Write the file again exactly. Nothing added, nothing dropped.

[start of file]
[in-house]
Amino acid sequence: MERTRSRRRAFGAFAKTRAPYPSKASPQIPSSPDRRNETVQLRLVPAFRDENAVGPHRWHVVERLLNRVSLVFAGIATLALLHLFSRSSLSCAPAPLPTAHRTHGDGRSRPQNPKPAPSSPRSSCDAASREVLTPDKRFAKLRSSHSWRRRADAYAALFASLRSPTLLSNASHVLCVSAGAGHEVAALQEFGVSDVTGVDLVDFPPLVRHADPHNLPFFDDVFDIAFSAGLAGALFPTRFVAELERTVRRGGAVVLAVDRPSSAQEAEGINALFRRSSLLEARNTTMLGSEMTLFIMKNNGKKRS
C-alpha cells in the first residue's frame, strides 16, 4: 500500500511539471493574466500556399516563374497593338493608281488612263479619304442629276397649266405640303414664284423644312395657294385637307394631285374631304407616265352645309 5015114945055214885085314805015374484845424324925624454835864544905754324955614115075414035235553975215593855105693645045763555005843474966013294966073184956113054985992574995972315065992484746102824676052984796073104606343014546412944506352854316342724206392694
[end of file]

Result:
[in-house]
Amino acid sequence: MERTRSRRRAFGAFAKTRAPYPSKASPQIPSSPDRRNETVQLRLVPAFRDENAVGPHRWHVVERLLNRVSLVFAGIATLALLHLFSRSSLSCAPAPLPTAHRTHGDGRSRPQNPKPAPSSPRSSCDAASREVLTPDKRFAKLRSSHSWRRRADAYAALFASLRSPTLLSNASHVLCVSAGAGHEVAALQEFGVSDVTGVDLVDFPPLVRHADPHNLPFFDDVFDIAFSAGLAGALFPTRFVAELERTVRRGGAVVLAVDRPSSAQEAEGINALFRRSSLLEARNTTMLGSEMTLFIMKNNGKKRS
C-alpha cells in the first residue's frame, strides 16, 4: 500500500511539471493574466500556399516563374497593338493608281488612263479619304442629276397649266405640303414664284423644312395657294385637307394631285374631304407616265352645309 5015114945055214885085314805015374484845424324925624454835864544905754324955614115075414035235553975215593855105693645045763555005843474966013294966073184956113054985992574995972315065992484746102824676052984796073104606343014546412944506352854316342724206392694